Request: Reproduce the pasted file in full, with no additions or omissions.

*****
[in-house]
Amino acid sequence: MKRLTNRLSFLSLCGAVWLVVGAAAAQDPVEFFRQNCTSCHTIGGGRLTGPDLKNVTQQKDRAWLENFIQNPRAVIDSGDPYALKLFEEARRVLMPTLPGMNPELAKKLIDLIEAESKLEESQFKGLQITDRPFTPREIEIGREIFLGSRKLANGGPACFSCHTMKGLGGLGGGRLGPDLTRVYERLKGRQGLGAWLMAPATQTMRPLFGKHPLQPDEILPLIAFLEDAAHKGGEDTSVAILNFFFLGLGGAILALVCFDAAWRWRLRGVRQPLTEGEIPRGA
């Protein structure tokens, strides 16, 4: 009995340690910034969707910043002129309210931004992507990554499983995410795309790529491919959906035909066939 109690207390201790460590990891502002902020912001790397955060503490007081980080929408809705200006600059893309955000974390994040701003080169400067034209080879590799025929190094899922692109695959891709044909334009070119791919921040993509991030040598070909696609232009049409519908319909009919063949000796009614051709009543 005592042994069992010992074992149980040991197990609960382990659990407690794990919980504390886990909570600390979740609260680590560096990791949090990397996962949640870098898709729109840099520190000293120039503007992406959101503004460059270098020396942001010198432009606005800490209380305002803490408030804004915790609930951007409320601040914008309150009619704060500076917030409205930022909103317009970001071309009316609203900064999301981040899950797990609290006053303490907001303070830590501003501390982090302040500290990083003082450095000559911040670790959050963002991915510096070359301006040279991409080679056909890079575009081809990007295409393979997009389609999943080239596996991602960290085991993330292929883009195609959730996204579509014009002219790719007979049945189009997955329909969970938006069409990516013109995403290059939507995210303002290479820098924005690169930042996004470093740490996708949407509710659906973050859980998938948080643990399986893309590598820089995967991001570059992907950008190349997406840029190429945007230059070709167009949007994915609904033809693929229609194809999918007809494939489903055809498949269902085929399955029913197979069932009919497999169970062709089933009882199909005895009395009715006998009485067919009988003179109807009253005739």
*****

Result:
[in-house]
Amino acid sequence: MKRLTNRLSFLSLCGAVWLVVGAAAAQDPVEFFRQNCTSCHTIGGGRLTGPDLKNVTQQKDRAWLENFIQNPRAVIDSGDPYALKLFEEARRVLMPTLPGMNPELAKKLIDLIEAESKLEESQFKGLQITDRPFTPREIEIGREIFLGSRKLANGGPACFSCHTMKGLGGLGGGRLGPDLTRVYERLKGRQGLGAWLMAPATQTMRPLFGKHPLQPDEILPLIAFLEDAAHKGGEDTSVAILNFFFLGLGGAILALVCFDAAWRWRLRGVRQPLTEGEIPRGA
């Protein structure tokens, strides 16, 4: 009995340690910034969707910043002129309210931004992507990554499983995410795309790529491919959906035909066939 109690207390201790460590990891502002902020912001790397955060503490007081980080929408809705200006600059893309955000974390994040701003080169400067034209080879590799025929190094899922692109695959891709044909334009070119791919921040993509991030040598070909696609232009049409519908319909009919063949000796009614051709009543 005592042994069992010992074992149980040991197990609960382990659990407690794990919980504390886990909570600390979740609260680590560096990791949090990397996962949640870098898709729109840099520190000293120039503007992406959101503004460059270098020396942001010198432009606005800490209380305002803490408030804004915790609930951007409320601040914008309150009619704060500076917030409205930022909103317009970001071309009316609203900064999301981040899950797990609290006053303490907001303070830590501003501390982090302040500290990083003082450095000559911040670790959050963002991915510096070359301006040279991409080679056909890079575009081809990007295409393979997009389609999943080239596996991602960290085991993330292929883009195609959730996204579509014009002219790719007979049945189009997955329909969970938006069409990516013109995403290059939507995210303002290479820098924005690169930042996004470093740490996708949407509710659906973050859980998938948080643990399986893309590598820089995967991001570059992907950008190349997406840029190429945007230059070709167009949007994915609904033809693929229609194809999918007809494939489903055809498949269902085929399955029913197979069932009919497999169970062709089933009882199909005895009395009715006998009485067919009988003179109807009253005739």